City of Houston Fire Department (HFD) is the agency that provides fire protection and emergency medical services for the city of Houston, Texas, United States, the fourth largest city in the United States. HFD is responsible for preserving life and property for a population of more than 2 million in an area totaling 617 square miles (1,600 km2).
The administrative offices of HFD are located on the 7th floor of Continental Center II (600 Jefferson) in the Cullen Center in Downtown Houston. They were previously located at the City of Houston Fire Department Logistical Center & Maintenance Depot.
The Houston Fire Department handles all emergency medical services within the City of Houston and all members of the department are trained in EMS procedures. In most cases, the firefighters rotate between the firefighting apparatuses and the EMS units from day to day in accordance with the cross-training that they receive. There are two levels of EMS certification that the Houston Fire Department recognizes; EMT-Basic and EMT-Paramedic. There are no EMS providers for the Houston Fire Department that are not also firefighters. All of HFD EMS ambulances are Type I, "Frazer Bilt", ambulances.
Due to the large coverage area, HFD EMS operates on a tiered response system, which means that certain levels of EMS are dispatched when they are determined to be needed. While there are some MICU ambulances in the HFD EMS fleet, most are BLS equipped. Typically, a BLS ambulance will be dispatched to a medical call. When the unit arrives on scene and determines that ALS is required, a paramedic squad will be dispatched to their location to assist. HFD EMS strives to have an ambulance or first responder (which usually consists of an engine company) on scene within four minutes, with ALS support within eight minutes if needed.
The fourth largest fire department in the United States, the Houston Fire Department was established in 1838 with one station, Protection Company No. 1. and it grew to a volunteer fire department status with three stations by 1859. After having provided volunteer firefighting services for 57 years, the City of Houston Fire Department began paying its firefighters in 1895.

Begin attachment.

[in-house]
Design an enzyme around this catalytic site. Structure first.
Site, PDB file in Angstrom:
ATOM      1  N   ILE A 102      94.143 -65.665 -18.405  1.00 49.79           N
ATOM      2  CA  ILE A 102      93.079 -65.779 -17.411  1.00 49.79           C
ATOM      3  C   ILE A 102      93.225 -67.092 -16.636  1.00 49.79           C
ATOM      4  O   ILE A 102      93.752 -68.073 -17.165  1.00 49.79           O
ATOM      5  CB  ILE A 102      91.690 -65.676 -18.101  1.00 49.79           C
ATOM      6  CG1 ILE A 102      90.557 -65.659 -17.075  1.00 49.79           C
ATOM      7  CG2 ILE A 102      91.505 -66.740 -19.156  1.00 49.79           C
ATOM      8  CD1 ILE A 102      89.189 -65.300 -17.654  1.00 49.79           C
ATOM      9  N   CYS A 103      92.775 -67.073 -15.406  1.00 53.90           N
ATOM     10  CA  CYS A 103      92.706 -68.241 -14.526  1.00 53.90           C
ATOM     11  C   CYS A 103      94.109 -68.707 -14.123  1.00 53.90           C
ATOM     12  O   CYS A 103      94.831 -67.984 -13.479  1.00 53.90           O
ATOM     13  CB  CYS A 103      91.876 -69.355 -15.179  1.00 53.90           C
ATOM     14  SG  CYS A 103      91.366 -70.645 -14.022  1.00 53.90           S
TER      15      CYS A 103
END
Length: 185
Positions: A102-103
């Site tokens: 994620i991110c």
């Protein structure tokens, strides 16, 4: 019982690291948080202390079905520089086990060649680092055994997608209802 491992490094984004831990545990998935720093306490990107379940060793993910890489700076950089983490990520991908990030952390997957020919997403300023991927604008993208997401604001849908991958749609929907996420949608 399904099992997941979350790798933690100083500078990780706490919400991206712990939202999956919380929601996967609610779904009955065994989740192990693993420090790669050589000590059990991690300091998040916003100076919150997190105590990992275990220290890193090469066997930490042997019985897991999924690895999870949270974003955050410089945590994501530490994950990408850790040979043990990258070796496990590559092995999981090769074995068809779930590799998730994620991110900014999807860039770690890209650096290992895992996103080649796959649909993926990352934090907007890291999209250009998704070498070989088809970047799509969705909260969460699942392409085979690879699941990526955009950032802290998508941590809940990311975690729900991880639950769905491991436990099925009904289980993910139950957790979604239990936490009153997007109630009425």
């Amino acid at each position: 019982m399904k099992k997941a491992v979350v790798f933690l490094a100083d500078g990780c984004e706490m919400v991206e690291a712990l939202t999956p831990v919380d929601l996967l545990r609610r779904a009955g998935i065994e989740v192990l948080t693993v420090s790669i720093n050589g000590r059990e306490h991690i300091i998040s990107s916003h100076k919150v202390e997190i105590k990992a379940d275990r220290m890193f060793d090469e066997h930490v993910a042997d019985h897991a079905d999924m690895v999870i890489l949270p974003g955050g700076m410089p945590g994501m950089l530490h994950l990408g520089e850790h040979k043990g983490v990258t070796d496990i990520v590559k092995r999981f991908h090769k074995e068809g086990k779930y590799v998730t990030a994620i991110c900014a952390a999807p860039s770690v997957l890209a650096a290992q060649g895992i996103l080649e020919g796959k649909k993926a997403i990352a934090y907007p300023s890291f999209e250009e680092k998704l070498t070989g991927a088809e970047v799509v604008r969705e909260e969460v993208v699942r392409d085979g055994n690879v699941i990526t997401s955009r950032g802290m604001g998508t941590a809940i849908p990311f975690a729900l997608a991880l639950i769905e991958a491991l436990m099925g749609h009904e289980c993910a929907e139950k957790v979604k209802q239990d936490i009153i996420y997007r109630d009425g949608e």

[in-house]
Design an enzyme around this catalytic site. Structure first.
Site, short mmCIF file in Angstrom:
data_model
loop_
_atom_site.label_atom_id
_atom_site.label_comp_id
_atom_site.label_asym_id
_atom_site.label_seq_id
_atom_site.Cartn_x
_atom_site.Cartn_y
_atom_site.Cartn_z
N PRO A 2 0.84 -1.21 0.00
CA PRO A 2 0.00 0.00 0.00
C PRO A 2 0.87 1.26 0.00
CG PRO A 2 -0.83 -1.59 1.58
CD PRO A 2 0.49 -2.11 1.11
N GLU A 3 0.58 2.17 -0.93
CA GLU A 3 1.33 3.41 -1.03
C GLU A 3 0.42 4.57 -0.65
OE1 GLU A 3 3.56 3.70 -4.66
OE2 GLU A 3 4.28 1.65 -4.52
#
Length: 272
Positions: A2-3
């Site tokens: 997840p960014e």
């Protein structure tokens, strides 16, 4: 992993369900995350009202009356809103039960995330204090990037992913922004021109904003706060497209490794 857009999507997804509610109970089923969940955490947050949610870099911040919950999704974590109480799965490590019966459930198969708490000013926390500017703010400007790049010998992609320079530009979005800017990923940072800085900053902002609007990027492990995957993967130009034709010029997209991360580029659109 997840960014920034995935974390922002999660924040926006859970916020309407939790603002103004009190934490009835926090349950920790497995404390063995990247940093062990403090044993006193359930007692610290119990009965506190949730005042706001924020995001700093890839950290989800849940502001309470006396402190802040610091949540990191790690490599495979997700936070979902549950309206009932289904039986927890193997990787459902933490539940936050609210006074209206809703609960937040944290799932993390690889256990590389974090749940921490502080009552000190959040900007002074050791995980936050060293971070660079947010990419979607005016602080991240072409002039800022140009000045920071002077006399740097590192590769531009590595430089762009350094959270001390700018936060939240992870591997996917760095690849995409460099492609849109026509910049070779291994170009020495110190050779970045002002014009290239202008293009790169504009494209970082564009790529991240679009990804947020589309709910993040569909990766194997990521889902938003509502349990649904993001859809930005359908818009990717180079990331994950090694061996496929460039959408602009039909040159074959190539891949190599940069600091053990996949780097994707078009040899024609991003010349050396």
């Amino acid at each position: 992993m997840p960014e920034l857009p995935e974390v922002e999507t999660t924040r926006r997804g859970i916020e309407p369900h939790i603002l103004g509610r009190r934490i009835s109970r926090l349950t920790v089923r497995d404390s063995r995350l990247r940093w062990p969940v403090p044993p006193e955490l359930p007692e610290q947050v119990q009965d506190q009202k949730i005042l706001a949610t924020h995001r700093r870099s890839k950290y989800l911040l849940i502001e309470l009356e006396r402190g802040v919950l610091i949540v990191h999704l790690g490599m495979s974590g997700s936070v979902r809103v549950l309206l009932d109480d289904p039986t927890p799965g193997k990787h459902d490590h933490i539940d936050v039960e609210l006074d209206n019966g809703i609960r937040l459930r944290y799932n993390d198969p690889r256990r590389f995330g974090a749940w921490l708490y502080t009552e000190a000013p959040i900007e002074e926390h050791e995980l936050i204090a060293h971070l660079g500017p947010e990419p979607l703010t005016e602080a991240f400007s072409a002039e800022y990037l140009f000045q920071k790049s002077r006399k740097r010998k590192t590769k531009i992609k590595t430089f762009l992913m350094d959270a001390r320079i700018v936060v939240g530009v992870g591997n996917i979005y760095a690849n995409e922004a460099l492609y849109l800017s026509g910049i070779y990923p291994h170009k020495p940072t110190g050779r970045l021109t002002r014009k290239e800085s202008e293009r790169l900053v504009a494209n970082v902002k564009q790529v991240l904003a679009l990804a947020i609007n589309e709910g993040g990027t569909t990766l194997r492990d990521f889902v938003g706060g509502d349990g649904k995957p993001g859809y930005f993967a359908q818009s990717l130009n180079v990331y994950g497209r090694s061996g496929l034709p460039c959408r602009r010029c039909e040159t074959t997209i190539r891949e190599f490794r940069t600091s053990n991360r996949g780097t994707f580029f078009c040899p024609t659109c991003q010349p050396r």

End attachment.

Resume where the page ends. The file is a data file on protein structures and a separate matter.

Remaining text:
In 2002, the Insurance Services Office, which rates the capability of a fire department with regards to the maintenance of its fire apparatus, availability of water, training of personnel, etc., rated HFD 1/10, which is the highest rating a fire department can achieve.
As of 2013, 61 Houston firefighters have been killed in the line of duty. The most recent were the deaths of four firefighters on May 31, 2013 at a motel fire after a roof collapsed. Three were killed at the scene, while another died at a hospital; this event was the largest amount of lives lost in department history.
Below is a current listing of all Fire Station Locations and Apparatus in the city of Houston based on District. Some stations also adopt unofficial names and place the names on the front of the station's fire trucks based on what neighborhoods the majority of their "still alarm" territories cover.
The Val Jahnke Training Facility is the Houston Fire Department training facility. As of 1988 the City of Houston Firemen's Training Academy is a complex of several scattered buildings, all made of concrete that is exposed and poured-in-place. It is in proximity to the Garden Villas subdivision. It was built in 1967 by Jenkins Hoff Oberg Saxe. Stephen Fox of Cite said that the "tough-looking complex" is "[s]tartling to come upon unexpectedly." The publication Progressive Architecture said that it is "a landscape that may look straight out of the TV series Star Trek." Fox said that the drill tower and the fire building, the latter of which was singed in 1988, "decidedly stand out."